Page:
Aerial view of trees surrounding Mud pond.
High Rocks Lookout High Rocks lookout provides sweeping views of Mud Pond. © Juan Melli / Take A Hike

Stories in New Jersey

2022 Year in Review

Dr. Barbara Brummer headshot.
Dr. Barbara Brummer State Director, The Nature Conservancy in New Jersey © TNC

From the Director

As you read about the conservation accomplishments that your generous support made possible, I hope that you are inspired by how these projects are making tangible progress toward tackling the interconnected biodiversity and climate crises. Yes, biodiversity loss and climate change are dire challenges. But we have the science, the tools, and the partnerships to create solutions. Importantly, we are not working alone; we work in concert with local communities, we collaborate with other organizations and government agencies, and we are part of regionwide efforts to achieve large-scale impact.

The chapter’s land protection priority, Bobcat Alley, is a critical link in the Appalachian natural highway, a resilient, connected corridor that allows species to migrate northward and to higher elevations as temperatures warm. And, in addition to protecting habitat and species, safeguarding forested lands in Bobcat Alley also stores carbon. Our efforts to help people on the front lines of the climate crisis, whether they live along the Jersey Shore or in densely populated cities, use nature-based solutions designed to abate climate impacts like flooding and poor air quality. These techniques also benefit biodiversity by restoring coastal habitat and increasing green space in cities.

Thank you! Our work – work that addresses both biodiversity loss and climate change, work that touches down in our home state and extends beyond our borders, work that benefits from and contributes to a wide variety of partnerships – is made possible by you and others dedicated to conservation. Together, we are making New Jersey a place for people and nature to thrive!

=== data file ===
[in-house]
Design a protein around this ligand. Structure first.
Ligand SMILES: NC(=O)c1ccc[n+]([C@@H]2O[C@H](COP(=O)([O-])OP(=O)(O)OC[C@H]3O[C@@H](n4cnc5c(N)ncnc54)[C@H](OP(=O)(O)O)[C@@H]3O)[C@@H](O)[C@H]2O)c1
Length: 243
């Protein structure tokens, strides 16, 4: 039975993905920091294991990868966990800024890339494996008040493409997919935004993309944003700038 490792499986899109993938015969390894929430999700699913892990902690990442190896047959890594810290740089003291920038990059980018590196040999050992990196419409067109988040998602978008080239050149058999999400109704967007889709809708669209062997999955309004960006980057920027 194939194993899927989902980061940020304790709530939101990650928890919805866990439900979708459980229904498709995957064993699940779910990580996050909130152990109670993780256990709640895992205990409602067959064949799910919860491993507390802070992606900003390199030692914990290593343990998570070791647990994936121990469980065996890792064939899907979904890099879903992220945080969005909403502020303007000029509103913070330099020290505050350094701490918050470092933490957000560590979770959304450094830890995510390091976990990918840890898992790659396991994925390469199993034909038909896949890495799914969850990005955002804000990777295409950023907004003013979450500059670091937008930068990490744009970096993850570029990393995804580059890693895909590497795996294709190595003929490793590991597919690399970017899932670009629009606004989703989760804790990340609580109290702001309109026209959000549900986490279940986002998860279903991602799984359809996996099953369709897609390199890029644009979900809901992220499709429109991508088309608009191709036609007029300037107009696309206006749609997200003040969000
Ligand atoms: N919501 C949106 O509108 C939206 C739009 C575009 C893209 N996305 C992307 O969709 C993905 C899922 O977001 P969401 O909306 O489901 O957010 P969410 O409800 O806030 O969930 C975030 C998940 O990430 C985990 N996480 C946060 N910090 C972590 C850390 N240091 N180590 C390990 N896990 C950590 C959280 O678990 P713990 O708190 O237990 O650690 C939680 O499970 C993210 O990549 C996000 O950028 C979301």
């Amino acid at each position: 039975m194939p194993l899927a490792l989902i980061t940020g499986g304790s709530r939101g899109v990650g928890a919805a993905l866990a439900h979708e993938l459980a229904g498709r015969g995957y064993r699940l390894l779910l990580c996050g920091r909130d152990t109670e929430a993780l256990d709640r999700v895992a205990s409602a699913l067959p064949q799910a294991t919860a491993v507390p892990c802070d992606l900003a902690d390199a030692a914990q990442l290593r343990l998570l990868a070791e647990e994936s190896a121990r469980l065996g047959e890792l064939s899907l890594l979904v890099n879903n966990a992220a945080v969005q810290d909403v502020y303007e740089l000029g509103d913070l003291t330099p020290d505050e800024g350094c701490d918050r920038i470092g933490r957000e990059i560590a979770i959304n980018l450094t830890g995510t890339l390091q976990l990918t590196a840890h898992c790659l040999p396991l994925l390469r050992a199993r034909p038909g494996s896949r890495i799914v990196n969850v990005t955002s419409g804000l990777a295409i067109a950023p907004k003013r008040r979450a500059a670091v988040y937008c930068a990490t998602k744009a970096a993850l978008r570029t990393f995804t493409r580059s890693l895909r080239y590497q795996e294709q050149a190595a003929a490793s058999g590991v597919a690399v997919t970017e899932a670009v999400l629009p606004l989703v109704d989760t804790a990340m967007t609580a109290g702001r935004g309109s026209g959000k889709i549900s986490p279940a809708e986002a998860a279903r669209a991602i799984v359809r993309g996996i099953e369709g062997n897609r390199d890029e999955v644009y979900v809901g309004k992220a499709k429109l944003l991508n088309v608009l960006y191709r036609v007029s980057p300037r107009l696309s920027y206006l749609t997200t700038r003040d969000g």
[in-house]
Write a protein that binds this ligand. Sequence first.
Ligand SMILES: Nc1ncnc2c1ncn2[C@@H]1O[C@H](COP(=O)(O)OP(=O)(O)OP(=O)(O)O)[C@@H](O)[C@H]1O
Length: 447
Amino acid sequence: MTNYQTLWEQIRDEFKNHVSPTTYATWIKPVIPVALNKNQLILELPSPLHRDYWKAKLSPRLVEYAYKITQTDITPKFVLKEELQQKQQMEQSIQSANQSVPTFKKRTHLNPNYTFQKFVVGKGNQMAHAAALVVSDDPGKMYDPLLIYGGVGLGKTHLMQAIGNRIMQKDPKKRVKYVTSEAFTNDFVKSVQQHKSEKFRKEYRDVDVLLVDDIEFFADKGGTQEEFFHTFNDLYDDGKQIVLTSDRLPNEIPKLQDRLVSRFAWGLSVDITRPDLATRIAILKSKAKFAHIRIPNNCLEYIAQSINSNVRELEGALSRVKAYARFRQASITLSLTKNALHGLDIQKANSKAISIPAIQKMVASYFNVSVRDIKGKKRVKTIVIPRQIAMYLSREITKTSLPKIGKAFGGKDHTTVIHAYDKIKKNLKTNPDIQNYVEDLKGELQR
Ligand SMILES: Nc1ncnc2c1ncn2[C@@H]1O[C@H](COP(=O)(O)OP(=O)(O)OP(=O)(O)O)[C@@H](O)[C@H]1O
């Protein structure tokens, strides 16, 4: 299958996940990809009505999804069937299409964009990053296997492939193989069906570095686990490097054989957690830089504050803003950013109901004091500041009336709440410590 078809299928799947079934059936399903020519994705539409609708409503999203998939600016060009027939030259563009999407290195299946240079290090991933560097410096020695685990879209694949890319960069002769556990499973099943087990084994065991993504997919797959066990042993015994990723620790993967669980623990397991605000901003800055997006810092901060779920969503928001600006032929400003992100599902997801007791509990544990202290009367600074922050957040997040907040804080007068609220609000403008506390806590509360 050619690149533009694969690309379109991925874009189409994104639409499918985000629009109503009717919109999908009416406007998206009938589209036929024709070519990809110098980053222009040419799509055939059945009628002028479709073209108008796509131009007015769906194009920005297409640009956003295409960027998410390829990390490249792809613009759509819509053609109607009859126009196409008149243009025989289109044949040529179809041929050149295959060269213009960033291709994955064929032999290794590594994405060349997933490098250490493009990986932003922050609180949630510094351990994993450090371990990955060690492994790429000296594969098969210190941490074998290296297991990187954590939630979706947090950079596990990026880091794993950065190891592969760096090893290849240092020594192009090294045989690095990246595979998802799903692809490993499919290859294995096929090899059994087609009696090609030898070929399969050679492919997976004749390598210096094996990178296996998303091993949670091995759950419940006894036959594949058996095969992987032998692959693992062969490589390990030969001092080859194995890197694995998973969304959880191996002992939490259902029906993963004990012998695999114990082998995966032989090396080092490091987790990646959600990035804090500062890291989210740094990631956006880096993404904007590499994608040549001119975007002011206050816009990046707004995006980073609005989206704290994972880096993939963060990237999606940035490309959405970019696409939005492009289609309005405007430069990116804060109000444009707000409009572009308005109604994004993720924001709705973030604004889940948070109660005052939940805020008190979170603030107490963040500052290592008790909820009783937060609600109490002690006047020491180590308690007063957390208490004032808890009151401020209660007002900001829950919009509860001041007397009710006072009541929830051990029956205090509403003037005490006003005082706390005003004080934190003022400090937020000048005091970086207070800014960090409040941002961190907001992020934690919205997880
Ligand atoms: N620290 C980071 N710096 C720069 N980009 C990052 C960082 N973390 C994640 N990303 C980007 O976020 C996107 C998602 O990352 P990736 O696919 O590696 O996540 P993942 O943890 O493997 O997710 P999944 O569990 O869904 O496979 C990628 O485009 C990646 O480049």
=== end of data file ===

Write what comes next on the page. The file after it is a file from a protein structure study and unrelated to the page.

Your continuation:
Yours in conservation,

Dr. Barbara Brummer

Bobcat perched on a log in forested area.
Endangered New Jersey Bobcat. We continue to protect land in Bobcat Alley, a 32,000 acre greenway in northern New Jersey. © TNC


Bobcat Alley and Beyond

New Jersey’s real estate market has been booming since the pandemic began, particularly residential housing. But we can’t forget that our wildlife populations also need places to call home. Enter Bobcat Alley: a 32,000-acre corridor connecting the Highlands to the Appalachian range at Kittatinny Ridge. As our climate continues to warm, species like bobcats migrating northward need Bobcat Alley – and its connection to the 2,000-mile Appalachian greenway stretching from northern Alabama into Canada – more than ever.

The Nature Conservancy and our partners have protected 1,540 acres in Bobcat Alley thus far, and we are working with local organizations like the Land Conservancy of New Jersey and the Ridge and Valley Conservancy on new acquisitions that will protect more land in this vital corridor.

Bobcat Alley doesn’t just benefit wild creatures, but people too. Its protection helps improve water quality in key Delaware River tributaries like the Paulins Kill and adds to popular Sussex and Warren County hiking trails. Stay tuned for some exciting announcements over the year ahead!

aerial view of the paulins kill river with free-flowing water.
Paulins Kill River Migratory fish gained access to the Paulins Kill after Columbia Dam removal. © Jeff Burian


A New River